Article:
Europe as a future colony of colored peoples?
Ross warns that Europe could become colonized by the colonial periphery.
Postcolonial theory has long been aware of a master narrative that haunted the European colonial metropolis at the turn of the twentieth century: the threat of reverse colonization. Such narratives involve the infiltration of elements from the colonial periphery into the heart of the metropolis, where their intimate knowledge of the colonizer allow them to challenge, even overturn power relations. These fictional narratives arose most notably in England and reflected a sense of imperial self-doubt, a sense that the metropolis was under threat from the colonial periphery, because its colonial convictions had weakened. They also reflected a racial anxiety: if, as Freud famously argued in Civilization and Its Discontents, civilization is achieved through the suppression of human biological drives, and if Europe legitimizes its colonial project by claiming a more advanced state of civilization than that of the colonized, then it logically follows that the colonized live in a manner truer to biological human nature, more physically robust, more fertile, and more capable of violence. If this is true, what might it predict for the future relationship between Europe and its colonial others? Might they not one day so exceed Europe in numbers and in aggressive virility that they will threaten the very metropolis itself?
Ross doesn’t pen a fictional account of reverse colonization, but the overall structure of its master narrative shines through his entire oeuvre: the “decline of the West” creates the opportunity for the invasion of European space by the agents of the “yellow peril” and the “colored front” (farbige Front). The logical conclusion is the reversal of the colonial relationship: the colonizer becomes the colonized. This idea appears frequently in Ross’s works, but never as more than an indication of a potential threat; he doesn’t work out a more detailed scenario. In the referenced article, Ross gives a general view of the threat typical of his writing:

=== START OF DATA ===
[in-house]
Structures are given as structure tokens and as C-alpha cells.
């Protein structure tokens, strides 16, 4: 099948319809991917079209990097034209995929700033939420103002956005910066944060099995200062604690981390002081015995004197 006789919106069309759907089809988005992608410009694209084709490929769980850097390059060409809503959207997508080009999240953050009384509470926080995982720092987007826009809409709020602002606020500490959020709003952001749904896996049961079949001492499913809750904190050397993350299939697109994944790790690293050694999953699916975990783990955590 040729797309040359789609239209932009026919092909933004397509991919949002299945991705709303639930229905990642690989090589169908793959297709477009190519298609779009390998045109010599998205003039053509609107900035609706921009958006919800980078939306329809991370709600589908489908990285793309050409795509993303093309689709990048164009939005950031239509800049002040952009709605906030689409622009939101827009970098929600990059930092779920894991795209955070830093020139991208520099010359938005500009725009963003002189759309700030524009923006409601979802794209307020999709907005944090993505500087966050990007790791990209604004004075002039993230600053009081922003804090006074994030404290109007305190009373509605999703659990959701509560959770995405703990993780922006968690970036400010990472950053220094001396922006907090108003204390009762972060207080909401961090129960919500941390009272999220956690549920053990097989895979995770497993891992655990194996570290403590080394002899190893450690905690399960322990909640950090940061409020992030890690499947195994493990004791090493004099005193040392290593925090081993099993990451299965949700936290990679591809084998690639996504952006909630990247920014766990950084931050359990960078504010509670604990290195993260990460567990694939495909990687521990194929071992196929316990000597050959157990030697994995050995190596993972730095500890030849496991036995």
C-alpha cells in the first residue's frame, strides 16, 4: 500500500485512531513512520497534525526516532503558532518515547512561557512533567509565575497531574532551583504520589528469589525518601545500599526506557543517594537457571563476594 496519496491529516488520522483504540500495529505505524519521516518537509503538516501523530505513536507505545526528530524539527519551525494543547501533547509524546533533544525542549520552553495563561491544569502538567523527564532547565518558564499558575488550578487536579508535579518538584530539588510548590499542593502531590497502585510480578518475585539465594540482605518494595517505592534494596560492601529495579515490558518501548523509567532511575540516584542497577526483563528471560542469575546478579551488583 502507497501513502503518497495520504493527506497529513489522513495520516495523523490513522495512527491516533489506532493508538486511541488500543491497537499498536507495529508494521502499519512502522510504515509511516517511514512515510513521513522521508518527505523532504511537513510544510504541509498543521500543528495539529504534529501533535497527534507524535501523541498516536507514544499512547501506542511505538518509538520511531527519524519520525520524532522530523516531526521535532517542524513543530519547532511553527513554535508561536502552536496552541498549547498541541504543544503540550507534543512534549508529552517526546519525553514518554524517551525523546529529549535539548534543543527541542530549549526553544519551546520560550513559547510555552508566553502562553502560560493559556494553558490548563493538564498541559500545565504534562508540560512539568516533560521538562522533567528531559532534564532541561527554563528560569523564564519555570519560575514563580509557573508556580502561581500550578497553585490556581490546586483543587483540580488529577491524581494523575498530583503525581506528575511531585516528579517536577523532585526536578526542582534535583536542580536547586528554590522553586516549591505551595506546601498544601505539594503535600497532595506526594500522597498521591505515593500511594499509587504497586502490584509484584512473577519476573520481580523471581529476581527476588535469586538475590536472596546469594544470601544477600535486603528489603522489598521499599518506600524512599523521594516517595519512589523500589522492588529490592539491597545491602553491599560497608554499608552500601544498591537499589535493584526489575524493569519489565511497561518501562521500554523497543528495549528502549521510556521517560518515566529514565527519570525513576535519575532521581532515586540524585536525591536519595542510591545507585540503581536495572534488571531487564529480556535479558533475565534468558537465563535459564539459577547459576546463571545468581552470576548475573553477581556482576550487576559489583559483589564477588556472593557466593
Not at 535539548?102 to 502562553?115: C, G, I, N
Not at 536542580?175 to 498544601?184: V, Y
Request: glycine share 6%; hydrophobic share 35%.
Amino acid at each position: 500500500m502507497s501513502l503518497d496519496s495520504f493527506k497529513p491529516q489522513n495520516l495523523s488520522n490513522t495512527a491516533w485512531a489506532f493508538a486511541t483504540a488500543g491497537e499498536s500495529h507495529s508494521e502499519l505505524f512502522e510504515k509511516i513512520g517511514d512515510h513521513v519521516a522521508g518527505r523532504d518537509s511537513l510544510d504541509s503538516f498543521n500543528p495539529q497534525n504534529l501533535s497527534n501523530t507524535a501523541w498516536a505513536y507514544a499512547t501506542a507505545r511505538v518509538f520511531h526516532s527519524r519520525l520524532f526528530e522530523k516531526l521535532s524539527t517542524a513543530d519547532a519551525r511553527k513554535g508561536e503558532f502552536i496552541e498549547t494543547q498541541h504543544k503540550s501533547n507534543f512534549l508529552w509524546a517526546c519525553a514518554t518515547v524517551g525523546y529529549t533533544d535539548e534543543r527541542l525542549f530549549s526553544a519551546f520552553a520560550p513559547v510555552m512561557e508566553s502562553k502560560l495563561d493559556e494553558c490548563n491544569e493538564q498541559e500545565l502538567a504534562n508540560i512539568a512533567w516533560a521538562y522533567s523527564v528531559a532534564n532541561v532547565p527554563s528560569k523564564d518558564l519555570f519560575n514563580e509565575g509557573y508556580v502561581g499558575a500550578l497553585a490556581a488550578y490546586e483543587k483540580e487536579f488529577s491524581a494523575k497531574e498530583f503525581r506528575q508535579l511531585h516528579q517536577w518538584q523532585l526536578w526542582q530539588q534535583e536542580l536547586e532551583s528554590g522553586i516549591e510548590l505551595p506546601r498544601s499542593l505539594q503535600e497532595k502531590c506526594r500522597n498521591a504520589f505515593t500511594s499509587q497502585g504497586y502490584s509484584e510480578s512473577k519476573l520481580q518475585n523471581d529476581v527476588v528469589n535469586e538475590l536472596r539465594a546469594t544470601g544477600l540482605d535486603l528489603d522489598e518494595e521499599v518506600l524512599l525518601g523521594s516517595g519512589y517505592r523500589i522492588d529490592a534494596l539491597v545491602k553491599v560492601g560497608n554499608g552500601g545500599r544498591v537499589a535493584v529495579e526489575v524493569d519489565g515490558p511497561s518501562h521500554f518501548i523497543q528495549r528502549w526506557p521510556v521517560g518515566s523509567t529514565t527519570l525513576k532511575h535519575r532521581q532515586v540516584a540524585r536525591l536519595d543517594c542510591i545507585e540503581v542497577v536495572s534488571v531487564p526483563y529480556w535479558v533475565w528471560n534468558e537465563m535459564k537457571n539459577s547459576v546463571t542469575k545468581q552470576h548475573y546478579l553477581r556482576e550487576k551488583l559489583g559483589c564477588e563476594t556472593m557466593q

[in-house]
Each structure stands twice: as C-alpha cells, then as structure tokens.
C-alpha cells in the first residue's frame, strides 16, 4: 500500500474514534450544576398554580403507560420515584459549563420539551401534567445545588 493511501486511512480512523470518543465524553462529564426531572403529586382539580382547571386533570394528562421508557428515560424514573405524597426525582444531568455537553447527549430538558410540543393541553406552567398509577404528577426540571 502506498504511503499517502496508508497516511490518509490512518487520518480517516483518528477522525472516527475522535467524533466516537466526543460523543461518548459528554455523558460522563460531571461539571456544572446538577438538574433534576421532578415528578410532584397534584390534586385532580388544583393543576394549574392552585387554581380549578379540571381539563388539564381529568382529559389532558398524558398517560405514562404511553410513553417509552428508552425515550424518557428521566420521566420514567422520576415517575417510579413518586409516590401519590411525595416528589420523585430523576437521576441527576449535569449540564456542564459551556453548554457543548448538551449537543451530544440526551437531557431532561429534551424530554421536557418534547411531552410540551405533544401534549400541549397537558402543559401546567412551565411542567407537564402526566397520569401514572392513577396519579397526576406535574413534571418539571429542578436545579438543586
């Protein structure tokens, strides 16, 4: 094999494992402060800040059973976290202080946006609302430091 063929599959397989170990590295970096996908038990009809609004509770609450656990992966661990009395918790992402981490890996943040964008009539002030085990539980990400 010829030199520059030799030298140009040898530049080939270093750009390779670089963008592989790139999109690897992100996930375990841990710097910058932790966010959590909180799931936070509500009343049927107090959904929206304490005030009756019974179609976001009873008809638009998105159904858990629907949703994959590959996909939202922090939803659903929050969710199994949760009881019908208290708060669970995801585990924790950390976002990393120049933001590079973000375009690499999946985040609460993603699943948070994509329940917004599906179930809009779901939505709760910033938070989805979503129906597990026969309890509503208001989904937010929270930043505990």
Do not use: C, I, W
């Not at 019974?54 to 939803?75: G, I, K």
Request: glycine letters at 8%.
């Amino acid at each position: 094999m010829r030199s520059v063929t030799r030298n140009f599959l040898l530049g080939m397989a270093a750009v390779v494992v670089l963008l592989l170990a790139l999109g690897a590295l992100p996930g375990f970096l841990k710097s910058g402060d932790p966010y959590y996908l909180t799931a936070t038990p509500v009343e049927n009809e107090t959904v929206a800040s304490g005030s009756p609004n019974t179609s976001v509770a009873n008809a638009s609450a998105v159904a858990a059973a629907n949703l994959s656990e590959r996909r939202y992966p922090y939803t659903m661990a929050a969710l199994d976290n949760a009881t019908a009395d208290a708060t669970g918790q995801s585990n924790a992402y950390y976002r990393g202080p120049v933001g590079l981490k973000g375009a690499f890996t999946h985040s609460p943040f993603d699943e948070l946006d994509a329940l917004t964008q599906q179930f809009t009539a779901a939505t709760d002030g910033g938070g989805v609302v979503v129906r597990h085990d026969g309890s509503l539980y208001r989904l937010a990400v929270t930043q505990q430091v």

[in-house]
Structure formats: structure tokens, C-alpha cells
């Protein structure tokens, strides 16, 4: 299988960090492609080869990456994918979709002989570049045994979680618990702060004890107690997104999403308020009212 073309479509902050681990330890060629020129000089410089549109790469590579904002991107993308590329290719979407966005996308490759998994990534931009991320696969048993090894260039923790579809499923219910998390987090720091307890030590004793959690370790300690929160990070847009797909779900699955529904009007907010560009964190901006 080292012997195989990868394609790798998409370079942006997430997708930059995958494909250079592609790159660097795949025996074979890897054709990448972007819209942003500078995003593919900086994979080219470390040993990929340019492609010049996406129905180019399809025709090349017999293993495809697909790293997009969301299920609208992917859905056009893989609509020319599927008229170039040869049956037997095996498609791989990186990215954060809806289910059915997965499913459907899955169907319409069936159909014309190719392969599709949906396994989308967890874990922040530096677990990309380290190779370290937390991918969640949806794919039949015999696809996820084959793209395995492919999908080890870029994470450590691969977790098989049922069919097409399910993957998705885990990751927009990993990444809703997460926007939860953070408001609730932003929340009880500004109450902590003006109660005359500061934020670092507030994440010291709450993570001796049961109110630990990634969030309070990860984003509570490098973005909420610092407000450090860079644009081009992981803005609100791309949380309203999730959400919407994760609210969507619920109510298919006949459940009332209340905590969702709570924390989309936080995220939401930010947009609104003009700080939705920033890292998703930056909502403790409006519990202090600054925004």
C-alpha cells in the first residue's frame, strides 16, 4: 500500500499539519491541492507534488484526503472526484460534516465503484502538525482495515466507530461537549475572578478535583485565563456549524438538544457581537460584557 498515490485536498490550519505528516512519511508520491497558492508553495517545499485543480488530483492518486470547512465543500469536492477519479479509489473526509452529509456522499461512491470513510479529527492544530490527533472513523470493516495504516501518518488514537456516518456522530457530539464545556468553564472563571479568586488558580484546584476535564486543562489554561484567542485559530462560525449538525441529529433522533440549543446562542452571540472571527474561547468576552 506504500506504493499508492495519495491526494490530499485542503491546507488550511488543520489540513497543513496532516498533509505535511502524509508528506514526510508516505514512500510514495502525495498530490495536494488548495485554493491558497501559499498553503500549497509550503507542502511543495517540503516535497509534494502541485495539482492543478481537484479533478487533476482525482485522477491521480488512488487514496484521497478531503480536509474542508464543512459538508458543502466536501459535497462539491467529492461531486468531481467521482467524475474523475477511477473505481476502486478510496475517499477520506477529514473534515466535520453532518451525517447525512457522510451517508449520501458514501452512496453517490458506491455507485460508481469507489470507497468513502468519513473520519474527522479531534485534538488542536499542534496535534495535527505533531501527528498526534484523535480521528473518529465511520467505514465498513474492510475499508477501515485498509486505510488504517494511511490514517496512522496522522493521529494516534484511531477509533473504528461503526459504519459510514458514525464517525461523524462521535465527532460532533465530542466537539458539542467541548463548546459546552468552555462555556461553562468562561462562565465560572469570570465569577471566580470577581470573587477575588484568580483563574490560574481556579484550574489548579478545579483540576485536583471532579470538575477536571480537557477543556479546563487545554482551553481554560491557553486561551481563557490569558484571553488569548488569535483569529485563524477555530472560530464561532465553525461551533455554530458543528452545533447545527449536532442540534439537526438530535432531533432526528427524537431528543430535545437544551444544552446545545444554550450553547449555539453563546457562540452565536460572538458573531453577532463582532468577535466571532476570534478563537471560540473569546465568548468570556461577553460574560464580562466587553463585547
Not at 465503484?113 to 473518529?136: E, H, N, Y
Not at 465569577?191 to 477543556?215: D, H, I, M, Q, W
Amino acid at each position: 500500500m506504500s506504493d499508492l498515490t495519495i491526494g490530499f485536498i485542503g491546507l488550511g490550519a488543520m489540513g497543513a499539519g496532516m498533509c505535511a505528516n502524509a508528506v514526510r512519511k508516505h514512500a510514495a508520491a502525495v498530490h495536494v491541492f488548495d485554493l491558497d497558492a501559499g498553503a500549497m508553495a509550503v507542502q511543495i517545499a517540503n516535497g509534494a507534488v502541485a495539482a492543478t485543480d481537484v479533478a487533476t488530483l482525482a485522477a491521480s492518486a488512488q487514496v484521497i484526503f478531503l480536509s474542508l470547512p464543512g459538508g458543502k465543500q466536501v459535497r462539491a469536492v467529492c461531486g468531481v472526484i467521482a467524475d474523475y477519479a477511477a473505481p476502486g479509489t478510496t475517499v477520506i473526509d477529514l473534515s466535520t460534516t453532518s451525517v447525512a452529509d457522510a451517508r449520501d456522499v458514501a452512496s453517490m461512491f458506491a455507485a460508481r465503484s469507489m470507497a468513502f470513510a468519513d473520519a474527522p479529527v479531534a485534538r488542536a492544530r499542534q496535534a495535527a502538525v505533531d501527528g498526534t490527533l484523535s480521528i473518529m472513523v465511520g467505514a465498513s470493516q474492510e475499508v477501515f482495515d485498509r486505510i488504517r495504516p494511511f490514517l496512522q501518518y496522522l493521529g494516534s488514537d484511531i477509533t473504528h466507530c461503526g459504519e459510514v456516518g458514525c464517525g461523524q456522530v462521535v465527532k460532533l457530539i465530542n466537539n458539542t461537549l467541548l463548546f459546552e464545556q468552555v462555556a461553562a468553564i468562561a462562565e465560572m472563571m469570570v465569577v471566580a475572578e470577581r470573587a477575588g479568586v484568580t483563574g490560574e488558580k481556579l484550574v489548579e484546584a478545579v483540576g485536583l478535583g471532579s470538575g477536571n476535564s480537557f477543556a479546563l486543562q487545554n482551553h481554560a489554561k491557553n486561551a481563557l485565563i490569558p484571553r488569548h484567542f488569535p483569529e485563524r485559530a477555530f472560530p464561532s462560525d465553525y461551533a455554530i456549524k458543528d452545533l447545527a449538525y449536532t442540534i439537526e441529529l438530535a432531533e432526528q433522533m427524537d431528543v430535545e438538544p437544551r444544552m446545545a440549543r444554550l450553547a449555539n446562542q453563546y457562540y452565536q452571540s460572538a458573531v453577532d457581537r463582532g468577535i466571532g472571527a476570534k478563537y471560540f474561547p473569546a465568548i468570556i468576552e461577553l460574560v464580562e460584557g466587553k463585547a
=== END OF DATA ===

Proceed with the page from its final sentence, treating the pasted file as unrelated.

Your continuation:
“The events of the World War and the postwar period have ‘watered down the wine’ of European assumptions of their power, yet the consciousness of a possible Asiatic threat, of a cresting of the colored wave (die farbige Welle) is still only very superficial; for most Europeans, it is impossible to imagine that a white land could one day become the colony of a colored people.
“But such a possibility cannot be simply dismissed as long as the white race continues with its self-fracturing and its underestimation of the colored people. We must awaken to the fact that the political domination of the world by the white peoples, as was most strongly manifested at the turn of the century, was not owing to the mental or physical superiority of the white race, but that, instead, a whole set of factors coalesced that one can almost call arbitrary”.
Only a unified Europe, willing to openly engage in the struggle for the survival of the fittest, can stave off this potential threat.
Colin Ross. Europa — eine Kolonie der farbigen Völker? Deutsche Landpost: 1930 Dec 15.